Distributed File System (DFS) client target failover: When a DFS referral response has multiple targets, a DFS client attempts to find the first target that is both available and accessible. If the first DFS target in the list is not available or accessible, the DFS client determines whether the next target in the list is available and accessible. The client repeats this process until an available and accessible target is found or no more targets are left in the list of targets. DFS clients support DFS client target failover only for operations involving pathnames. The term "failover" refers to DFS client target failover. The DFS Referral Protocol, as specified in [MS-DFSC], describes the mechanisms by which a DFS server provides a list of DFS targets in decreasing order of optimality to the client.
Distributed File System (DFS) in-site referral mode: A mode in which DFS root or DFS link referral requests to a DFS server result in DFS referral responses with only those DFS targets in the same Active Directory Domain Services (AD DS) site as the DFS client requesting the DFS referral. When this mode is disabled, there is no restriction on the AD DS site of the targets returned in the referral response. This can be enabled per DFS namespace. If there are no DFS targets in the same AD DS site as the client, the DFS referral response may be empty.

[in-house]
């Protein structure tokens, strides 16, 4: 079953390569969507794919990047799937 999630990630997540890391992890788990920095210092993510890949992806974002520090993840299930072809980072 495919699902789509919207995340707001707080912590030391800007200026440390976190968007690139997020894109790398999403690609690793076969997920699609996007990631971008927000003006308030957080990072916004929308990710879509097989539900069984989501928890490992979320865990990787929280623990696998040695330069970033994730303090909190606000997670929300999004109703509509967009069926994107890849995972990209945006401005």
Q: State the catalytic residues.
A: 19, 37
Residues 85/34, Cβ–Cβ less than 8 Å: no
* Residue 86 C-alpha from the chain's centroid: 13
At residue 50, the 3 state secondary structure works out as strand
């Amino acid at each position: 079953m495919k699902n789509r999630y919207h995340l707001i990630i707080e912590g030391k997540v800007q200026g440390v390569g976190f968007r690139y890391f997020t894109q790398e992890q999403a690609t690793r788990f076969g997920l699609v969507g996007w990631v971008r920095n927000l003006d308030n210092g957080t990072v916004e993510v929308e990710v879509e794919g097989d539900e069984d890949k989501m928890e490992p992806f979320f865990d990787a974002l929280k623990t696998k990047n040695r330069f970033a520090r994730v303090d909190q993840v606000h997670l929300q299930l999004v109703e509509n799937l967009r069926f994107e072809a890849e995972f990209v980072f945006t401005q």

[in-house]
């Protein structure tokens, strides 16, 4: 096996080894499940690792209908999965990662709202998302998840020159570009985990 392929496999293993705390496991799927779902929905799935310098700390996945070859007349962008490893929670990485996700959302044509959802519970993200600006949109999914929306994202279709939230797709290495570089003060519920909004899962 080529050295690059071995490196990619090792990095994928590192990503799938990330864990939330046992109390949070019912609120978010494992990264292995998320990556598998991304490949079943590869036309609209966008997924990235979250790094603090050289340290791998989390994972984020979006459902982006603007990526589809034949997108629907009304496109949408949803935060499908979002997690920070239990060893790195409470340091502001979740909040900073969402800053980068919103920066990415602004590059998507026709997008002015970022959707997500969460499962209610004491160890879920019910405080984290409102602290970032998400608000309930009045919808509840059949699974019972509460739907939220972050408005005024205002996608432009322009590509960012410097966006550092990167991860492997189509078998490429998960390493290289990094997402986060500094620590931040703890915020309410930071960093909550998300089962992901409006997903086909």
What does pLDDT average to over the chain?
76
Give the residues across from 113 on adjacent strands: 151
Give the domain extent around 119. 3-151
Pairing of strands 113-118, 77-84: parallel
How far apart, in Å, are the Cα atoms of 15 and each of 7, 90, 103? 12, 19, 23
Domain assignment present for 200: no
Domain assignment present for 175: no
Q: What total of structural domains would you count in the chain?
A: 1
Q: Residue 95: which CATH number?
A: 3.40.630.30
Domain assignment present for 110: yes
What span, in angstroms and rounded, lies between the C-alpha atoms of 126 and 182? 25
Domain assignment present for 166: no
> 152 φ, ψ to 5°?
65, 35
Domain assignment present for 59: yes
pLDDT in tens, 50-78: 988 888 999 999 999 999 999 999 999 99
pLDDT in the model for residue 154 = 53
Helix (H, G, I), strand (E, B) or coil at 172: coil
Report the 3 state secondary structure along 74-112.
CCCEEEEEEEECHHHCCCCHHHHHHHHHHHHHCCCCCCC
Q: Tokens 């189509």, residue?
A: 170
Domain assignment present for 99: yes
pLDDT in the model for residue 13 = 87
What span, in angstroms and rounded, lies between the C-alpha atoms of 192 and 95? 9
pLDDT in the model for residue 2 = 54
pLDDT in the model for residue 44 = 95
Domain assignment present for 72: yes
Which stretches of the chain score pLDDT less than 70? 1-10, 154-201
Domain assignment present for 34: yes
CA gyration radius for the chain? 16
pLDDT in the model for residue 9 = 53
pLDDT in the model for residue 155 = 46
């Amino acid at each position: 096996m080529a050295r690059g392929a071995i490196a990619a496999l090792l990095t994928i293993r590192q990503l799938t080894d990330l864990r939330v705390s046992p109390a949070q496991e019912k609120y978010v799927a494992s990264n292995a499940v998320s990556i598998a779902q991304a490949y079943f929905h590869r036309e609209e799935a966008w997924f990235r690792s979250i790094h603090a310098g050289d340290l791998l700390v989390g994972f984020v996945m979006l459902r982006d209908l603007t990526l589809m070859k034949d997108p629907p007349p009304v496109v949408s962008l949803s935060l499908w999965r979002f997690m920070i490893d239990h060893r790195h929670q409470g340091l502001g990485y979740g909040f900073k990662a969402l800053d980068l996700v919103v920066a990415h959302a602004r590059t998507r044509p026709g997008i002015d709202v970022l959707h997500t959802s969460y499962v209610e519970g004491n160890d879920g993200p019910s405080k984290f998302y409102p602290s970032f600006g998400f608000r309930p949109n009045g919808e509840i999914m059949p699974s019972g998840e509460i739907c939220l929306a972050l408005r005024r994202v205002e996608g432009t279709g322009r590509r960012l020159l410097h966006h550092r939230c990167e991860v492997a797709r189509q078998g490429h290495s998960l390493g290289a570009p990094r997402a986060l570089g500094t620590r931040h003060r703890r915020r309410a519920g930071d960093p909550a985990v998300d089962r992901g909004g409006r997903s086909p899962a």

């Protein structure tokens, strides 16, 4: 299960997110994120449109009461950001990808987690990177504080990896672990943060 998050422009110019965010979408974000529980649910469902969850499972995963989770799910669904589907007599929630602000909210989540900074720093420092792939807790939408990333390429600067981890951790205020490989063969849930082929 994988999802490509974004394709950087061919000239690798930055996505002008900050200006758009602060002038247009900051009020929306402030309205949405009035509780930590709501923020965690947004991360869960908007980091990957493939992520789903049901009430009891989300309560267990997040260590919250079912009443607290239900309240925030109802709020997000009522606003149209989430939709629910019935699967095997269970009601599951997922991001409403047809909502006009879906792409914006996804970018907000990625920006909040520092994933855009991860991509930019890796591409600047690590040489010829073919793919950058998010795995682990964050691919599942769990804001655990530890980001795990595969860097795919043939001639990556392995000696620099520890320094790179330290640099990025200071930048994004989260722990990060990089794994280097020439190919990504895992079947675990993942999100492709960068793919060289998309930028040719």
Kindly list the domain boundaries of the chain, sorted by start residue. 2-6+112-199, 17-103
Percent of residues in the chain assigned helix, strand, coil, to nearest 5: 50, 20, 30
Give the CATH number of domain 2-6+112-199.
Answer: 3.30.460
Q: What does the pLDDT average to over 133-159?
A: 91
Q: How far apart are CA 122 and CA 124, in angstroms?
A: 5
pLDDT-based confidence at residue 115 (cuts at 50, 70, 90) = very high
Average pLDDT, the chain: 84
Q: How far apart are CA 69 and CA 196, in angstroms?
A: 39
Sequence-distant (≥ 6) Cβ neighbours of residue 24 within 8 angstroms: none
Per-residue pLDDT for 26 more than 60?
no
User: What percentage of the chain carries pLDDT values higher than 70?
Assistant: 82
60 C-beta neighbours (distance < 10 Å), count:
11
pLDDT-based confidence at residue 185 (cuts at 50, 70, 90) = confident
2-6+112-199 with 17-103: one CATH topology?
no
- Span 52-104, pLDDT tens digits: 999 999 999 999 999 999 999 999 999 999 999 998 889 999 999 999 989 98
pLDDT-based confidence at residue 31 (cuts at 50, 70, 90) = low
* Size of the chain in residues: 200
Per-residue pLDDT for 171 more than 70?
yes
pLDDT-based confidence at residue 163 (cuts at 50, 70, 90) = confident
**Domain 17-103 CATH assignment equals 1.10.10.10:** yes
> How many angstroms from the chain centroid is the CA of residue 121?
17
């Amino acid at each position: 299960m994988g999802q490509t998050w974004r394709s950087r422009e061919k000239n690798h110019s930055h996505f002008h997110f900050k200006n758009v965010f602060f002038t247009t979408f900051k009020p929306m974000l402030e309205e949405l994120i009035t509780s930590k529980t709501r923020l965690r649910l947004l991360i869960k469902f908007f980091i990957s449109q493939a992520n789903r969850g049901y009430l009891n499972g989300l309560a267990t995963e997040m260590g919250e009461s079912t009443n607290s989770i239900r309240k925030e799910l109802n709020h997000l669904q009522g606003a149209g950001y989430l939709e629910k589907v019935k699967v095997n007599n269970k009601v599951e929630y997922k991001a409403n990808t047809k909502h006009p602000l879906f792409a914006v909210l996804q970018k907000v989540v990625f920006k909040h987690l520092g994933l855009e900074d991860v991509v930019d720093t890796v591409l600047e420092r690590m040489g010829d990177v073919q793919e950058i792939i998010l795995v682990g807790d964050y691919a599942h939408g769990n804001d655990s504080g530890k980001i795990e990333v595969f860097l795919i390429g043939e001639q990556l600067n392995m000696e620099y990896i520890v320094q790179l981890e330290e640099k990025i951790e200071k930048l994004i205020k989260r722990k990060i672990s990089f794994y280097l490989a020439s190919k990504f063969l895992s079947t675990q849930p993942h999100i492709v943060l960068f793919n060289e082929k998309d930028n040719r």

Distributed File System (DFS) interlink: A special form of DFS link whose link target is a DFS domain-based namespace.
Distributed File System (DFS) link: A component in a DFS path that lies below the DFS root and maps to one or more DFS link targets. Also interchangeably used to refer to a DFS path that contains the DFS link.
Distributed File System (DFS) link target: The mapping destination of a link. A link target can be any Universal Naming Convention (UNC) path. For example, a link target could be a share or another Distributed File System (DFS) path.